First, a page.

Making Custom Controls Accessible, Part 5: Using IAccessibleEx to Add UI Automation Support to a Custom Control

This is the fifth of five articles on making custom controls accessible. Before reading this article, please ensure that you have read and completed the steps in the Getting Started article.

A previous article in this series showed how to create a custom control that implements the IAccessible interface to enable access by Microsoft Active Automation (MSAA) clients. The control is a list box containing items that each include a value indicator similar to a progress bar. The user can manipulate the progress bar by selecting an item and using the arrow keys.

In an ideal world, all controls would fully implement interfaces for both MSAA and UI Automation. In practice, many existing controls could benefit from implementing some UI Automation functionality, but it is not practical to implement UI Automation completely.

In this article, we add accessibility features to the control by implementing the new IAccessibleEx interface, which in turn allows us to add partial support for UI Automation. By implementing UI Automation interfaces, the control can provide properties and functionality that are not available through IAccessible.

Note   The definition of IAccessibleEx in the project headers is preliminary and subject to change. The final interface definition will be published in an update to the SDK header files.

Description of the Initial Project

The initial project is a slightly revised version of the final project from Article 3. It contains a custom control that has been made accessible through an implementation of IAccessible.


Although the custom control in the initial project is accessible through its implementation of IAccessible, that interface is generic and cannot report custom properties, such as the range or step values of the progress bar.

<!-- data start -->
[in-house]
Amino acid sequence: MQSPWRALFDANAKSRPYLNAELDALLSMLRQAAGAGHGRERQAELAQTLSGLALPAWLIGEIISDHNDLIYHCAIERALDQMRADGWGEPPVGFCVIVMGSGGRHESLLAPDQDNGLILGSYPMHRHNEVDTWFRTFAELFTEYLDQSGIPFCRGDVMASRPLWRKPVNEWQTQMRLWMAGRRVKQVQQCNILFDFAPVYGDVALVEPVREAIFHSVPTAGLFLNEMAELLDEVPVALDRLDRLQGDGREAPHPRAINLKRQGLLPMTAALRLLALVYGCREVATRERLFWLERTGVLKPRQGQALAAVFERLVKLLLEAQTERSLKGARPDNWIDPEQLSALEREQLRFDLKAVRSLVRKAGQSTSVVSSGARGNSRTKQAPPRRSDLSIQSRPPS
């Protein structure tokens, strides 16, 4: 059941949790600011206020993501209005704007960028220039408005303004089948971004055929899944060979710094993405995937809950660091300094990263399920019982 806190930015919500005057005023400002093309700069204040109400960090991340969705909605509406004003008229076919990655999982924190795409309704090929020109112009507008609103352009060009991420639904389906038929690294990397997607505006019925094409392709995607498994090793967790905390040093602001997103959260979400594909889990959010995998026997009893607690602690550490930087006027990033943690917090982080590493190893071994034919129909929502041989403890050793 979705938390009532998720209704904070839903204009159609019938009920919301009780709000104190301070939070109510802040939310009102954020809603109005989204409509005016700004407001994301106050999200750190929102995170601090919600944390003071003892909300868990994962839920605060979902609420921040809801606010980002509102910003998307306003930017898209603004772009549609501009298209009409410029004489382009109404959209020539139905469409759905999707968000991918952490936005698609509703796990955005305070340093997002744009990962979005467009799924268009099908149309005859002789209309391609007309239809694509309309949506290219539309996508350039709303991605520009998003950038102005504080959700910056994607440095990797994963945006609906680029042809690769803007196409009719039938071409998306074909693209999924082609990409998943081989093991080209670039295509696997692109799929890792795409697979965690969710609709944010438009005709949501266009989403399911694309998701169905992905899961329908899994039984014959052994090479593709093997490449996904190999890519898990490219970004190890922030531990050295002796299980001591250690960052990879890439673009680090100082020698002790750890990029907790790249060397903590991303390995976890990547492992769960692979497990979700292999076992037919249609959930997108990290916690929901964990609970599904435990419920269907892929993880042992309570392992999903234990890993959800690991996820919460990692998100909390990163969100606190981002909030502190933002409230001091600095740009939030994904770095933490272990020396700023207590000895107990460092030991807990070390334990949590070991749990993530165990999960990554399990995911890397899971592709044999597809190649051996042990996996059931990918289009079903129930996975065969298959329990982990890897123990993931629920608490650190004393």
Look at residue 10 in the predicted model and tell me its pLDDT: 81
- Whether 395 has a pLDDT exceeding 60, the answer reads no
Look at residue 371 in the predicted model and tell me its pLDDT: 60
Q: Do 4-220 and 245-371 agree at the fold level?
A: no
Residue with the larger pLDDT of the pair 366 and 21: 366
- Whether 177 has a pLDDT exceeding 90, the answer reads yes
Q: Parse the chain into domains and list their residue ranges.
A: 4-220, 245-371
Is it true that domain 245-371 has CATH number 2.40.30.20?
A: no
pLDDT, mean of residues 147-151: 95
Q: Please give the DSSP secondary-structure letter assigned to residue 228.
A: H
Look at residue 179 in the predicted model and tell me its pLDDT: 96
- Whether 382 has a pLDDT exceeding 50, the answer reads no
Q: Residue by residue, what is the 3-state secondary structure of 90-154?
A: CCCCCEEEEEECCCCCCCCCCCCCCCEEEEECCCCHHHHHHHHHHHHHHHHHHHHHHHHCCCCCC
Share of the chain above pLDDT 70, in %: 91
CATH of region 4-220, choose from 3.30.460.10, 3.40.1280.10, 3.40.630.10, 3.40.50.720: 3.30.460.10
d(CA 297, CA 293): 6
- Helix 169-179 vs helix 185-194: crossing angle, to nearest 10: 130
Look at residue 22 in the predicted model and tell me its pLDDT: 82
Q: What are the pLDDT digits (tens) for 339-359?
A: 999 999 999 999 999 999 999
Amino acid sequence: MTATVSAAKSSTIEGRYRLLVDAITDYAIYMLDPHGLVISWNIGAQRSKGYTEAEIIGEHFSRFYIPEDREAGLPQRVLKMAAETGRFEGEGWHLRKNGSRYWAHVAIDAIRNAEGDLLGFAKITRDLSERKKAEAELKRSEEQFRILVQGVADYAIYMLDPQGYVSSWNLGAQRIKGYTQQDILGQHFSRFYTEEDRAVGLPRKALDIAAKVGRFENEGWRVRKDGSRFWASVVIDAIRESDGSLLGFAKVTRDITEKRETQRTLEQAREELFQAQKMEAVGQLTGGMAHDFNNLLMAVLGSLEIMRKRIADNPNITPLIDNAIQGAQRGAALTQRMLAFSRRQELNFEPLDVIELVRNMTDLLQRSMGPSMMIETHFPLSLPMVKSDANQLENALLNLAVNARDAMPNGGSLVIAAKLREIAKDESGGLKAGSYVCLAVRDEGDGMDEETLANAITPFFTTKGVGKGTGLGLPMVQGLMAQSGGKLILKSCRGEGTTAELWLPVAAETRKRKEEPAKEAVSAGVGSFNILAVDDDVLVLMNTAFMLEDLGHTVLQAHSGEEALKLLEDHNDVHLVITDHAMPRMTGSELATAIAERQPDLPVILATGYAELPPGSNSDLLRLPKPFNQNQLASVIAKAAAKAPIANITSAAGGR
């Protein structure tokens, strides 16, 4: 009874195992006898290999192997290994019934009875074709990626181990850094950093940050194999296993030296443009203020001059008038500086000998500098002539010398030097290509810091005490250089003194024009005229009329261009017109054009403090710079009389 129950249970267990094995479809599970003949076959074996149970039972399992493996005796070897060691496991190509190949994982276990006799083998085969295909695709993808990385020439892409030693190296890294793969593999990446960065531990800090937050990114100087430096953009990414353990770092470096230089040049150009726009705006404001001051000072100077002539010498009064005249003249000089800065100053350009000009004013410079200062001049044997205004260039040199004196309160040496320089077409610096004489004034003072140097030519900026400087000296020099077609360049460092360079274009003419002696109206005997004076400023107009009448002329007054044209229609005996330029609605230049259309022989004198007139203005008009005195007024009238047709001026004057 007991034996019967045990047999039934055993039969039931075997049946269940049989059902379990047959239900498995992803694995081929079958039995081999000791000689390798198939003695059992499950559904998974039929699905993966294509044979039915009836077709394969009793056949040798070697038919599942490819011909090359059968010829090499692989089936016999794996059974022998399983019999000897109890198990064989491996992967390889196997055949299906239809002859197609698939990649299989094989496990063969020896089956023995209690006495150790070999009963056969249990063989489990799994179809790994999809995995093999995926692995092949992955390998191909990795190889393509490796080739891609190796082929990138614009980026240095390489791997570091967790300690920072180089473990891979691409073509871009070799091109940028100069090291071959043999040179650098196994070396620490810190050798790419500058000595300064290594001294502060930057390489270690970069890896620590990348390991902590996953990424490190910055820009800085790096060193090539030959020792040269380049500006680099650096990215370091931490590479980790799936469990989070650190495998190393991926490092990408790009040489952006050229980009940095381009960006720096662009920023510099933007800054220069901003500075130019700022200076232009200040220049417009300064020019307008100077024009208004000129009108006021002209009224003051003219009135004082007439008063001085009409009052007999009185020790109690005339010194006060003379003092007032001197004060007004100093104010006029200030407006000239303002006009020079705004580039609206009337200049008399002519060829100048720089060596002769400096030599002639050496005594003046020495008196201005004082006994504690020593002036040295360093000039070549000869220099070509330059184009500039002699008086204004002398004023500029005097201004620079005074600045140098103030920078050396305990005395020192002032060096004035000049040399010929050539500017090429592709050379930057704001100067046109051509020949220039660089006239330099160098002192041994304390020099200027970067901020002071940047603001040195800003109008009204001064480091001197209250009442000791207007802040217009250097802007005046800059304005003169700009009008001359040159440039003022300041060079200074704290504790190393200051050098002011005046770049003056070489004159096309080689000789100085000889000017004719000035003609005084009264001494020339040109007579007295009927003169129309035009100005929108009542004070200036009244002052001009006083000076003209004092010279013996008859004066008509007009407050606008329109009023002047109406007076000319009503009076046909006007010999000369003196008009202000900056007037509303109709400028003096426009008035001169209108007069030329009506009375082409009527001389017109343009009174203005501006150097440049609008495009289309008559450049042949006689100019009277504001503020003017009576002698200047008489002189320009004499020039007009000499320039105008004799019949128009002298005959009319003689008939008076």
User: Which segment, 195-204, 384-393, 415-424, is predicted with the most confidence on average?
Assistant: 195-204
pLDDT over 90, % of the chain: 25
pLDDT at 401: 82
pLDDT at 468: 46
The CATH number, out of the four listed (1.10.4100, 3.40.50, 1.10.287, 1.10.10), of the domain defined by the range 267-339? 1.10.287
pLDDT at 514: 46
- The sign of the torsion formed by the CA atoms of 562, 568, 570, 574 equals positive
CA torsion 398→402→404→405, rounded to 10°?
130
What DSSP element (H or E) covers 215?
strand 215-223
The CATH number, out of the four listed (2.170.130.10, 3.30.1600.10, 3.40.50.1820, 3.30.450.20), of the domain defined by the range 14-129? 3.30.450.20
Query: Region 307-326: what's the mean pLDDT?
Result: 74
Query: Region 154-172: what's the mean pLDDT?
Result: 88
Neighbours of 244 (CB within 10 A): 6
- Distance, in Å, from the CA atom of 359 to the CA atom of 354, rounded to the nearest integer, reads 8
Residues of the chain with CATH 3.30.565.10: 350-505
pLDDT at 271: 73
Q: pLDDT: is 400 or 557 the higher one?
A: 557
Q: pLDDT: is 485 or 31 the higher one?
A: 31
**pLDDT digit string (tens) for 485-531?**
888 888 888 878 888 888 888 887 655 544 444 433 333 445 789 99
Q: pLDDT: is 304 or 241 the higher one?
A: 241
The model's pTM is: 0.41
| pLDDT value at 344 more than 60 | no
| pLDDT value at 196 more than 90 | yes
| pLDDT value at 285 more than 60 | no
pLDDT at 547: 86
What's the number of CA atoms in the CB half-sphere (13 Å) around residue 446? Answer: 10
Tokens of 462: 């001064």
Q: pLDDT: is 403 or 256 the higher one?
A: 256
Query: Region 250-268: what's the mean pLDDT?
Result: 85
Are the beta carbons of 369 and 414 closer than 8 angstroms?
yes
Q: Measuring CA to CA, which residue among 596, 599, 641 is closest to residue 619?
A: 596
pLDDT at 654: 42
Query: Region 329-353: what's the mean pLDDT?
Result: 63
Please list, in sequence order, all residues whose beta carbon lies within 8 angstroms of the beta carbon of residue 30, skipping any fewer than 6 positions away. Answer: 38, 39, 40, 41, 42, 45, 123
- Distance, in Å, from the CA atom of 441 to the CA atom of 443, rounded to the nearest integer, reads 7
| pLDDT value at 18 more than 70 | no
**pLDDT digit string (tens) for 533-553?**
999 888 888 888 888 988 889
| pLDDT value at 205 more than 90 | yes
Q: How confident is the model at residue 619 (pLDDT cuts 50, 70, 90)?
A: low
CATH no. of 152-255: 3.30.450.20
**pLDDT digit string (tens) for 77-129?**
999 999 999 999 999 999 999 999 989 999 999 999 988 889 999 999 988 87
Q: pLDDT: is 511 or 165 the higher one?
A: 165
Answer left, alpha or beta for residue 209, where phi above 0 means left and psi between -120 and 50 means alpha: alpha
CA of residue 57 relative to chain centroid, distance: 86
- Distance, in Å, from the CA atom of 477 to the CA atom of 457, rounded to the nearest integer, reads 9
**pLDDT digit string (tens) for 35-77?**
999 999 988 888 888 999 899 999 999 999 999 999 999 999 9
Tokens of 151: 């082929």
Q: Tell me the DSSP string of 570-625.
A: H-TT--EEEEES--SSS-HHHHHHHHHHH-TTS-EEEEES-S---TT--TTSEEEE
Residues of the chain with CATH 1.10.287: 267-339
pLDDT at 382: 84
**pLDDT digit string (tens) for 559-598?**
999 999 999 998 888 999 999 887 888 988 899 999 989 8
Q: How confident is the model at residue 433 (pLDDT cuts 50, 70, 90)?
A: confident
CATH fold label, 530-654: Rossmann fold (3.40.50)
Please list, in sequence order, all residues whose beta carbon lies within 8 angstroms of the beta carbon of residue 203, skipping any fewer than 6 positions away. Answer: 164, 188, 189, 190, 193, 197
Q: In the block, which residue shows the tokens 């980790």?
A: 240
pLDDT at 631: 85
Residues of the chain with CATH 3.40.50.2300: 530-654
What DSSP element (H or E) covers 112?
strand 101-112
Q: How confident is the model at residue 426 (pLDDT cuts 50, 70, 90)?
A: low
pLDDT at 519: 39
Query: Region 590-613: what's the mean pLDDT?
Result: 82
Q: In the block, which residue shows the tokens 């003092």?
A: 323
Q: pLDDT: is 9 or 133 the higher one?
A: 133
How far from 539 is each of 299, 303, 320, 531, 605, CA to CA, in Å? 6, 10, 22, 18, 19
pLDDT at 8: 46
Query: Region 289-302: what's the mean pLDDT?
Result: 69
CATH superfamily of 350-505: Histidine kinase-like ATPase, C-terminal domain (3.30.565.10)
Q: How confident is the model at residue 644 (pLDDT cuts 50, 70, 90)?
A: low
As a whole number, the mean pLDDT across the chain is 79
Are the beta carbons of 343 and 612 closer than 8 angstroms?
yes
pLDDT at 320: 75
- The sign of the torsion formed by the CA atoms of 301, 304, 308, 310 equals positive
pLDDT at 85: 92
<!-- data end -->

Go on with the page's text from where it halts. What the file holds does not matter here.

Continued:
UI Automation providers, on the other hand, can implement interfaces that are specific to different kinds of controls. In this case, because each list item displays a value within a range, the IRangeValueProvider interface provides a way to expose the range and step values.


The IAccessibleEx interface serves as a bridge between an IAccessible implementation, such as that in our initial project, and a partial implementation of UI Automation.

The control does not have to implement UI Automation fully, because it is designed for use with MSAA clients that are operating in-process rather than UI Automation clients that are communicating with controls through the mediation of UIAutomationCore.dll. The control’s IAccessibleEx and IRawElementProviderSimple interfaces provide a direct link between the control’s UI Automation functionality and the client.

The support for UI Automation consists of the following:

1.   Implementations of IRawElementProviderSimple for both the list box and the list items. This interface is primarily used to return properties not supported by IAccessible.

2.   Implementations of any control pattern interfaces that can provide functionality not available through IAccessible. In our example, the only control pattern interface implemented is IRangeValueProvider, which is implemented on list box items. It is not necessary to implement ISelectionProvider or ISelectionItemProvider, because those interfaces do not provide much useful functionality beyond what is already available through IAccessible.


Updating the custom control requires these main steps:

  1. Implement IServiceProvider on the list box accessible object so that the IAccessibleEx interface can be found on this or a separate object.
  2. Implement IAccessibleEx on the list box accessible object.
  3. Create an accessible object for list items, which in MSAA are not objects but are accessed by their child IDs. Implement IAccessibleEx on this object.
  4. Implement IRawElementProviderSimple for the list box and list items.
  5. Implement IRangeValueProvider on the list item accessible object.


Step 1: Expose IAccessibleEx

Because the implementation of IAccessibleEx for a control may reside in a separate object, client applications cannot rely on QueryInterface to obtain this interface. Instead, clients are expected to call IServiceProvider::QueryService. The implementation of this method for the example list box simply calls through to QueryInterface, because the list box accessible object itself implements IAccessibleEx. The following code shows the implementation of QueryService: